People Profile: Mary Issa Zwald
Network - Fall 2008
By Nada El-Sayed
When Mary Issa Zwald was diagnosed with breast cancer, she never spent time asking, “Why me?” Instead, she prepared herself for the battle ahead, waiting for what she calls the “black cloud” to pass. Along the way she has continued to encourage and support other women around the globe.
After her diagnosis, Zwald was referred to Nuhad Ibrahim, M.D., professor in the Department of Breast Medical Oncology at M. D. Anderson, for her treatment. Now a nine-year survivor, she feels very lucky for her treatment and the support of Ibrahim, her family and friends.
“Breast cancer is a fact of life. It threatens a lot of women, and no one is spared from its wrath,” Zwald says. “I never questioned why I got breast cancer, but instead always said, ‘Why not, since so many women are being diagnosed each year.’”
Her strength and outlook on life have carried her through. “I accepted the treatment, took care of myself and laughed at the whole ordeal. Everything in life happens for a good reason, even cancer, and I am a stronger person from it.”
Creating global awareness
An Arab-American of Lebanese decent, Zwald understands the cultural differences that affect the way some women deal with breast cancer in the Middle East compared to the West.
“It’s taboo to speak openly about one’s health, especially in regard to breast cancer,” she says.
However, she has been open about her own diagnosis and treatment. “I always interact with women patients during my checkup visits at M. D. Anderson. I try to encourage whoever I come in contact with. I tell them that breast cancer is like a black cloud that will soon pass.”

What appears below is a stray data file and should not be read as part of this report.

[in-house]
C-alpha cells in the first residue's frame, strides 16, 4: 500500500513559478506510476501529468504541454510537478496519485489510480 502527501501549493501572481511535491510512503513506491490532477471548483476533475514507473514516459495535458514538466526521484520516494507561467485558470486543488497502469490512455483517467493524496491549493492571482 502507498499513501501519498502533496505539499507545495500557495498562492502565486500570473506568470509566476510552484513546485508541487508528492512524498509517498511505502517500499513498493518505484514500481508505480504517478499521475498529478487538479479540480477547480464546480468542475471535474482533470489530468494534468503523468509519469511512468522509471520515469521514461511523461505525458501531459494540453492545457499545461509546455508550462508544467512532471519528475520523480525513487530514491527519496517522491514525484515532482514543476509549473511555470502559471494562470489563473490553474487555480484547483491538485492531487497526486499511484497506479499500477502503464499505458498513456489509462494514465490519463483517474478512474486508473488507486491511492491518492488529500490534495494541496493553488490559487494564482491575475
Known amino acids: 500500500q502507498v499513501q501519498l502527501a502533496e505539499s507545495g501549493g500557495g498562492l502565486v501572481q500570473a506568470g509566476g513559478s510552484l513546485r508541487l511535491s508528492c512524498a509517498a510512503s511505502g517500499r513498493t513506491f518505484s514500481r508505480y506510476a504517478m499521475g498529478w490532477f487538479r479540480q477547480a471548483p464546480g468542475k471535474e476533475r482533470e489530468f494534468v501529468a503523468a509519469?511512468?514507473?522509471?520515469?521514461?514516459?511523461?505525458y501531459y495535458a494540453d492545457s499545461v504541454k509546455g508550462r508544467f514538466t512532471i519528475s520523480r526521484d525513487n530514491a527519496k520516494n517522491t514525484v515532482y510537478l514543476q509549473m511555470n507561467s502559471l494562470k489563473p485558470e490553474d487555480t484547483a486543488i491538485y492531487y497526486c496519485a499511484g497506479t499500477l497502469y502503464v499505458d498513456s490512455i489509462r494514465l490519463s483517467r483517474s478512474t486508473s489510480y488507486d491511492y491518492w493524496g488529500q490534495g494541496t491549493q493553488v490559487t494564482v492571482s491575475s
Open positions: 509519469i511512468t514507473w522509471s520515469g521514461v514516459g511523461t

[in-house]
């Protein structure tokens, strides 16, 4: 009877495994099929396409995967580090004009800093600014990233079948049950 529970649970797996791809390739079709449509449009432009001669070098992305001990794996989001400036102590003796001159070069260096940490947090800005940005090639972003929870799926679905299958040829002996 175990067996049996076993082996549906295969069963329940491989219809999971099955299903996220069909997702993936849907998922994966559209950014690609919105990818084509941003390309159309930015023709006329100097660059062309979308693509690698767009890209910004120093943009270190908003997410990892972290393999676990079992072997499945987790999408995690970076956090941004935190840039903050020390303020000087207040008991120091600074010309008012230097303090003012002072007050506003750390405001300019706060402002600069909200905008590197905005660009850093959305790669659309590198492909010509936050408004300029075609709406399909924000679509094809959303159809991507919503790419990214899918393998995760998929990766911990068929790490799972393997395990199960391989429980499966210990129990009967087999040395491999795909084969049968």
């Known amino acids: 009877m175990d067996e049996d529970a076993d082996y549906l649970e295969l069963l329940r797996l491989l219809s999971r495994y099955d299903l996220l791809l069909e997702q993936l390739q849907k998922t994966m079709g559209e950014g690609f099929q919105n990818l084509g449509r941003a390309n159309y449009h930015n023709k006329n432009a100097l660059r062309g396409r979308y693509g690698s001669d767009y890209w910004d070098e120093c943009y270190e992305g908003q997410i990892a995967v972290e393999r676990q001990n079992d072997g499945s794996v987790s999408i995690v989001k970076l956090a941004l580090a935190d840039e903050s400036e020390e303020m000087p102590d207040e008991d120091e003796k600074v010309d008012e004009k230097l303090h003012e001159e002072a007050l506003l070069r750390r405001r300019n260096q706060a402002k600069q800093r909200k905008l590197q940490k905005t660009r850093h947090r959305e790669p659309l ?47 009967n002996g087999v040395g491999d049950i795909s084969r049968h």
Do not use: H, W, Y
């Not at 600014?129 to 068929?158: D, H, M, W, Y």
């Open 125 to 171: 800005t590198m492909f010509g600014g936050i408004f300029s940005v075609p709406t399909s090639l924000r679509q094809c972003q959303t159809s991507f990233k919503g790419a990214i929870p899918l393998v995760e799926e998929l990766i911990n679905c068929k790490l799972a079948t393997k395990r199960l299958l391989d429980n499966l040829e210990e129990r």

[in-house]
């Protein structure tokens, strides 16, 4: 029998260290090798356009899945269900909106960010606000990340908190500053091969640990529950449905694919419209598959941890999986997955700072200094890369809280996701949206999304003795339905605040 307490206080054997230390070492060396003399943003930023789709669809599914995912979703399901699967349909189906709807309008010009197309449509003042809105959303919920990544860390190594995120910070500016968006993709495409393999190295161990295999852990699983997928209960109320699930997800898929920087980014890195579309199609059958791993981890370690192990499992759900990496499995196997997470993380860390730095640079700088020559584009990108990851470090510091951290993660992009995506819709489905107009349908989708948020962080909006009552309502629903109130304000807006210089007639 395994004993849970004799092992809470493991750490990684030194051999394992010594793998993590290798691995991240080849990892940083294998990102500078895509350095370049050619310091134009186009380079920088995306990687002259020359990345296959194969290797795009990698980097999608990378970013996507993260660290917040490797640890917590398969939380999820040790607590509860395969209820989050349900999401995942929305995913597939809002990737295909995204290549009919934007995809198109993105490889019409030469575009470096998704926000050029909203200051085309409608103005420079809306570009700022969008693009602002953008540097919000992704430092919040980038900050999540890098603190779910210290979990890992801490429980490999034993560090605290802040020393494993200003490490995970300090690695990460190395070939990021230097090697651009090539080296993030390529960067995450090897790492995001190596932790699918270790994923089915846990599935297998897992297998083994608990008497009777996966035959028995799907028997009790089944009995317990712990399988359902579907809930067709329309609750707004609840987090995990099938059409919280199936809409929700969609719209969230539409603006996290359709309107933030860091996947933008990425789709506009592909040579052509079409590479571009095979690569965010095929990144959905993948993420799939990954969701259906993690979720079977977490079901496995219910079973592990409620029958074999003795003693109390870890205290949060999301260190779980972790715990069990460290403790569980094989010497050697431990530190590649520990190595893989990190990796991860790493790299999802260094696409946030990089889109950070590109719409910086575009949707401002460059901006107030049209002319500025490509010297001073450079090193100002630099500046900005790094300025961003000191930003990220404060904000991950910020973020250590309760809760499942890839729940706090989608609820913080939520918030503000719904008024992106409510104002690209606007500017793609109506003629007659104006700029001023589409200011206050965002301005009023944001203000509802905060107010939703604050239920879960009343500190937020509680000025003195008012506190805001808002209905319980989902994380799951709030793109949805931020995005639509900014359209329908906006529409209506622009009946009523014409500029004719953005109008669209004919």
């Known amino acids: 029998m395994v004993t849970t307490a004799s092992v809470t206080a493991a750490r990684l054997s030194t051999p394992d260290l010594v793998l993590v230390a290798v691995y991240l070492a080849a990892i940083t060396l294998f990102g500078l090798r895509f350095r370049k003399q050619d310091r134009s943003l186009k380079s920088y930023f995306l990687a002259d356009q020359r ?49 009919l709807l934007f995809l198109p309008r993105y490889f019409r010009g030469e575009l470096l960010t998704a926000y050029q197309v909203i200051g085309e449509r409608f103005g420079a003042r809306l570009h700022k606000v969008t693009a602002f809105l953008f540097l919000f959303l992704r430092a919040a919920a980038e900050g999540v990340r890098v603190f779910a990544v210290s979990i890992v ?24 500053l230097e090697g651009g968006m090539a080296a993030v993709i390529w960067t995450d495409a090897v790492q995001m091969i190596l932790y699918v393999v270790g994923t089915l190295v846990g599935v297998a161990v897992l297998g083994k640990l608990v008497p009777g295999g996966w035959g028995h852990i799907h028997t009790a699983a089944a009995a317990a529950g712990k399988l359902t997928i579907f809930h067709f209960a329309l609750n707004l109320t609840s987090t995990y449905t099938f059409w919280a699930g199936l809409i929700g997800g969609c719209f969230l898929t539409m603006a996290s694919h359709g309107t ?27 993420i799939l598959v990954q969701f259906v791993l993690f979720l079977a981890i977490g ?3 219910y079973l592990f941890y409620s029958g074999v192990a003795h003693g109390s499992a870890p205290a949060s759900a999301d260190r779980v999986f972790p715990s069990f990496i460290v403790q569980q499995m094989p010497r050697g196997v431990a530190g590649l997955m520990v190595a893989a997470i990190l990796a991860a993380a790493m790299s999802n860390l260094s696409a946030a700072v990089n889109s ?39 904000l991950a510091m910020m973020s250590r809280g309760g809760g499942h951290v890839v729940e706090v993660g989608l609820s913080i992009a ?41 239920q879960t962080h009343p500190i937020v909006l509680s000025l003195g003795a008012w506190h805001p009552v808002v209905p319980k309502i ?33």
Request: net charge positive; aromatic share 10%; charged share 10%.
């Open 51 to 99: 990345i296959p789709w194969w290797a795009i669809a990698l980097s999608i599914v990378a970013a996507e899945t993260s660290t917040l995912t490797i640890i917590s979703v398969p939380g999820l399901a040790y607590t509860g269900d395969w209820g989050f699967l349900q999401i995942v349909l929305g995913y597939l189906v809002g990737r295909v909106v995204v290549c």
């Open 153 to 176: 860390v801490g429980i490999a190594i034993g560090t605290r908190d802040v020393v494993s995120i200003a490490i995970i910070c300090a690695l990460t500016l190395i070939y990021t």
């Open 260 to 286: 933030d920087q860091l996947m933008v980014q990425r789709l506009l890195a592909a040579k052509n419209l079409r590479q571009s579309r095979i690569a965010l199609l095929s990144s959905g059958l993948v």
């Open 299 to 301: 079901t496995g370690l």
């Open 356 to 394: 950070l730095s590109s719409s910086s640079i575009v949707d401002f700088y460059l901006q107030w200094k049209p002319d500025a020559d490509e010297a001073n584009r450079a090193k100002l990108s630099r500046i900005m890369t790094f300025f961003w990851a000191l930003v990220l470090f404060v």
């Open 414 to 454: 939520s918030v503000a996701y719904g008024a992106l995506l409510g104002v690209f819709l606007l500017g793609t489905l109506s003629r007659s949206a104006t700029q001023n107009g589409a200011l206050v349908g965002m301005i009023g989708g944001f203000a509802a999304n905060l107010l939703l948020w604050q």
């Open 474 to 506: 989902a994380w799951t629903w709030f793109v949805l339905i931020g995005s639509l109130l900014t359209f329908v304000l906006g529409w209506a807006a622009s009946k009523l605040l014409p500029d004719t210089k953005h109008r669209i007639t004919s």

At Ibrahim’s recommendation, Zwald was asked to be part of a short segment promoting breast cancer awareness on the international Arab television station, Al-Arabiya. The segment, which also included First Lady Laura Bush, was broadcast around the globe.
Speaking in Arabic, Zwald encouraged women to face their breast cancer diagnosis bravely and find support in their families and loved ones.
“This was one of the proudest moments in my life,” she says, “to be able to help other women in the Middle East face this chapter in their lives with courage.”
The interview, which was done at M. D. Anderson, was something she didn’t prepare for.
“Everything came straight from my heart,” she says. “I lived the story I was telling.”
A few weeks after the interview, she heard about the segment’s high ranking and that it was well received in the Arab world on multiple television stations.
“It was a moving experience that I will never forget,” she says.
Life after breast cancer
Today, Zwald volunteers her time with the Cancer League and continues to help fundraising efforts for cancer causes. She also designs pieces of jewelry, which are donated to many silent auctions to raise funds for cancer awareness and research.
“Cancer is not the end of the world. It can happen to anyone,” she says. “Optimism and faith were both major parts of my treatment, so I live each day and hope for the best.”
Network - Fall 2008
- Beyond the Medical: Other Dimensions of Care
- People Profile: Mary Issa Zwald
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